Bankruptcy proceedings for Garlock showed the typical mesothelioma plaintiff’s total recovery was estimated between $1 million and $1.5 million. About $600,000 of that came from asbestos trust funds, with the rest coming from tort recoveries.
Another report showed claimants in Madison County, Illinois, received an average of $800,000 in compensation, with a significant portion (41%) from bankruptcy trusts.
What Is the Process for Filing a Trust Claim?
In order to file a mesothelioma claim with an asbestos trust, you must show evidence of an asbestos-related injury. This may include medical records, written statements by doctors and work records that confirm a company’s facilities or products exposed you to asbestos.
The procedures for filing, evaluating and paying claims are determined by trust procedures. The procedures are aimed at distributing the trust’s money fairly between claimants so there is enough to pay everyone.
Criteria established by each trust helps trustees determine how much compensation a claimant will receive. An experienced mesothelioma attorney can help you gather this evidence and prepare your trust fund claim.
Step 1: Confirm Diagnosis
Pleural mesothelioma patients typically have to confirm their diagnosis to file a trust claim. Required documents may include X-rays, pathology reports and a statement drafted by your oncologist.
Step 2: Provide Exposure Site Evidence
Claimants are usually required to provide evidence linking their asbestos exposure to the bankrupt company affiliated with the trust. You may need to provide employment records and witness affidavits from former co-workers and supervisors.
Asbestos Trusts vs. Mesothelioma Lawsuits
Asbestos trust fund claims are not lawsuits. You cannot sue a bankrupt asbestos company, just as you can’t file a trust claim against a nonbankrupt company.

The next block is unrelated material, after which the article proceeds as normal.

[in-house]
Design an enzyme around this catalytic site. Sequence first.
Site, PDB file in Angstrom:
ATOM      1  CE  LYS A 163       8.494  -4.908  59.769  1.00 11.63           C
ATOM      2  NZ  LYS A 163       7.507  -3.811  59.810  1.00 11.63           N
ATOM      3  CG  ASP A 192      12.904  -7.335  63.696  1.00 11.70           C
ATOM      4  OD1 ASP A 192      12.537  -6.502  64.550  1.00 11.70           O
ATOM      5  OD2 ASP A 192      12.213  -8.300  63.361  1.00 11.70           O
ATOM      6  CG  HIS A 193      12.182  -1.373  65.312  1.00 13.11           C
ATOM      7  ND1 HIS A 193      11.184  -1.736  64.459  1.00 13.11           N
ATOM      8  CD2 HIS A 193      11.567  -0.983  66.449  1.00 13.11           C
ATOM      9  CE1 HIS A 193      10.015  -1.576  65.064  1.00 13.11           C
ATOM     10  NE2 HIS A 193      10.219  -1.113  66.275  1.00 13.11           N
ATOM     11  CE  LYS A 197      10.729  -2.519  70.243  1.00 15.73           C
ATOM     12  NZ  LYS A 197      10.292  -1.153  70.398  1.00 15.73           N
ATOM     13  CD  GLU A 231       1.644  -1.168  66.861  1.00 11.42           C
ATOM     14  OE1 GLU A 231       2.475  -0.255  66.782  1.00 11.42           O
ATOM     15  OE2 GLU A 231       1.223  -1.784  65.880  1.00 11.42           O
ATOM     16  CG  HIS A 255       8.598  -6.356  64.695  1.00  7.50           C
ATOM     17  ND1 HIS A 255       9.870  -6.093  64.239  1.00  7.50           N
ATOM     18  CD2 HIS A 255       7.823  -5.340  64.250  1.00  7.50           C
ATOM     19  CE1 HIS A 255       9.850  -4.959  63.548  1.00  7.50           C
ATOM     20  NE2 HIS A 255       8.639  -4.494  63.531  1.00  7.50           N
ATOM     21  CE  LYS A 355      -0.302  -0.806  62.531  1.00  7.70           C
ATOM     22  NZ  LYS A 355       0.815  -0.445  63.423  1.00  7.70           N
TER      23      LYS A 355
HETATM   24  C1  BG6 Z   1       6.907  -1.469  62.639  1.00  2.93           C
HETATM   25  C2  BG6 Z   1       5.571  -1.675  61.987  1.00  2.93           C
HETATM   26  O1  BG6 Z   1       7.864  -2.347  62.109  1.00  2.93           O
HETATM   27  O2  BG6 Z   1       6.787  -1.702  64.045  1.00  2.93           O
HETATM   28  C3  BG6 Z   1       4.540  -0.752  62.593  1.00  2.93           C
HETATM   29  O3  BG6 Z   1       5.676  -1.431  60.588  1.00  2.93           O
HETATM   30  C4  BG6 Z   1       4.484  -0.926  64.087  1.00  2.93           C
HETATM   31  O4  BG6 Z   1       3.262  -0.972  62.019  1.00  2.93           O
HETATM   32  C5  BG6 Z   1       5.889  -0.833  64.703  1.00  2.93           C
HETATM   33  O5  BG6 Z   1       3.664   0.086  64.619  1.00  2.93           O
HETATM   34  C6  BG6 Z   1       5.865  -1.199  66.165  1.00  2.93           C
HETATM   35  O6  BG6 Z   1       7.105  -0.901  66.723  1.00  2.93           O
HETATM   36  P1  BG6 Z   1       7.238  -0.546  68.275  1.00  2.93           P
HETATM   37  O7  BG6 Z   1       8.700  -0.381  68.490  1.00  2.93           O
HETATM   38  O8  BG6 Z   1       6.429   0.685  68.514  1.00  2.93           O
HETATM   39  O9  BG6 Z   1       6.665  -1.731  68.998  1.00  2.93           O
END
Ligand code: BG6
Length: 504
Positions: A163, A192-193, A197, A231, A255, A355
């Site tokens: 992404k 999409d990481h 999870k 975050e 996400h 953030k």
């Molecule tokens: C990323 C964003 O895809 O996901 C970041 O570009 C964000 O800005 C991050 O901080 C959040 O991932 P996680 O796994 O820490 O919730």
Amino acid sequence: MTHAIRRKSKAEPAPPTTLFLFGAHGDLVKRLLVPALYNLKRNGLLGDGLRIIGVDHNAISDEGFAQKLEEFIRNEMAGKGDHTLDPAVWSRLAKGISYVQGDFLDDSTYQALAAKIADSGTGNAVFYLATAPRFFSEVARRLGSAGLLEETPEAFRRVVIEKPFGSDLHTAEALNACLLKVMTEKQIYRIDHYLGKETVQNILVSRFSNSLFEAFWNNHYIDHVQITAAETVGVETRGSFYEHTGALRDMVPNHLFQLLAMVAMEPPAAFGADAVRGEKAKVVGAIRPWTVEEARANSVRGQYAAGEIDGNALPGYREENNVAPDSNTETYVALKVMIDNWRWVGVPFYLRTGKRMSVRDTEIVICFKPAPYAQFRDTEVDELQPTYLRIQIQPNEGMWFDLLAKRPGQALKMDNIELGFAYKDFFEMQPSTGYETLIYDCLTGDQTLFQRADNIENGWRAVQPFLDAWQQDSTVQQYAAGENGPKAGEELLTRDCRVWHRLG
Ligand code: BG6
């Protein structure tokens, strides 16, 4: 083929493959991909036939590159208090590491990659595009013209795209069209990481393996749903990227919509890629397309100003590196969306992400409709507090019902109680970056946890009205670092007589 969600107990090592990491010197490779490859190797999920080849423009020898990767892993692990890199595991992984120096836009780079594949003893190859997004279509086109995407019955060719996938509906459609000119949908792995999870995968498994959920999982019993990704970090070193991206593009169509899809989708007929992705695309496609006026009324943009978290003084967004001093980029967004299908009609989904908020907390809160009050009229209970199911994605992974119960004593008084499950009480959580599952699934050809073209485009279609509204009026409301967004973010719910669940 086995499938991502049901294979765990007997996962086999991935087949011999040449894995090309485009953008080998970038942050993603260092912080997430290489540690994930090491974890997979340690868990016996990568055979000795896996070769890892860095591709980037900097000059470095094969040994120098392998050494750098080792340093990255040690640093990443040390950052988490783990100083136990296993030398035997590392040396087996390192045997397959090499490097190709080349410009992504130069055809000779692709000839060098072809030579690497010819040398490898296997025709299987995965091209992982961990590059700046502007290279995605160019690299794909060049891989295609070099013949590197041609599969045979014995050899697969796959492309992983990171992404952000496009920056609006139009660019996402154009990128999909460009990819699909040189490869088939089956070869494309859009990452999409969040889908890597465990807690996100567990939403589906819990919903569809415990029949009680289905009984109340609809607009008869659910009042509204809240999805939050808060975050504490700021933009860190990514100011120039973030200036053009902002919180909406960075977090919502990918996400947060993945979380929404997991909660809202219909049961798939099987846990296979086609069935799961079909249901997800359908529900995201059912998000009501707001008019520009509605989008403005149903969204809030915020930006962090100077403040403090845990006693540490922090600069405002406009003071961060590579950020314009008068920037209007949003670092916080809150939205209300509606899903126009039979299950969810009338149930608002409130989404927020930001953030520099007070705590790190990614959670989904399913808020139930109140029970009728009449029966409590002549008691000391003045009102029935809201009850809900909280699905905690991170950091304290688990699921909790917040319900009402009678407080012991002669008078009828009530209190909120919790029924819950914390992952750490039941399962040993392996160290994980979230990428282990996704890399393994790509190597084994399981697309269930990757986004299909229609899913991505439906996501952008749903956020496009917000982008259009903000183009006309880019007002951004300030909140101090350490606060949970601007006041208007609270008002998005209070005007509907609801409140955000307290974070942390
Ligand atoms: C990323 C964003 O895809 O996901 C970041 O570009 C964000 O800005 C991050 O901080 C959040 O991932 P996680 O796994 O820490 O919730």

People diagnosed with pleural mesothelioma may be able to file asbestos trust fund claims and lawsuits at the same time. However, filing trust claims can affect the amount of compensation received from a lawsuit.
The federal government leaves it up to each state to form its own asbestos legislation. This may dictate when you can file a trust claim or how trust awards may affect mesothelioma compensation.
Limitations of Filing Mesothelioma Trust Claims
Some state courts require disclosure of trust claim information with lawsuit defendants. Certain jurisdictions such as New York City require filing trust claims before trial.
States have different laws on whether payments from asbestos trusts should be taken into consideration when determining compensation from a mesothelioma lawsuit.
In recent years, politicians and other government officials have called for more transparency and accountability to prevent fraudulent claims and mismanagement of trusts. The Furthering Asbestos Claim Transparency (FACT) Act seeks to require the trusts to report payouts, recording personal information of claimants in a public database.
In 2018, the Department of Justice increased scrutiny of asbestos trust funds, claiming they lack the proper safeguards to prevent fraudulent claims and ensure enough money is left for future claims.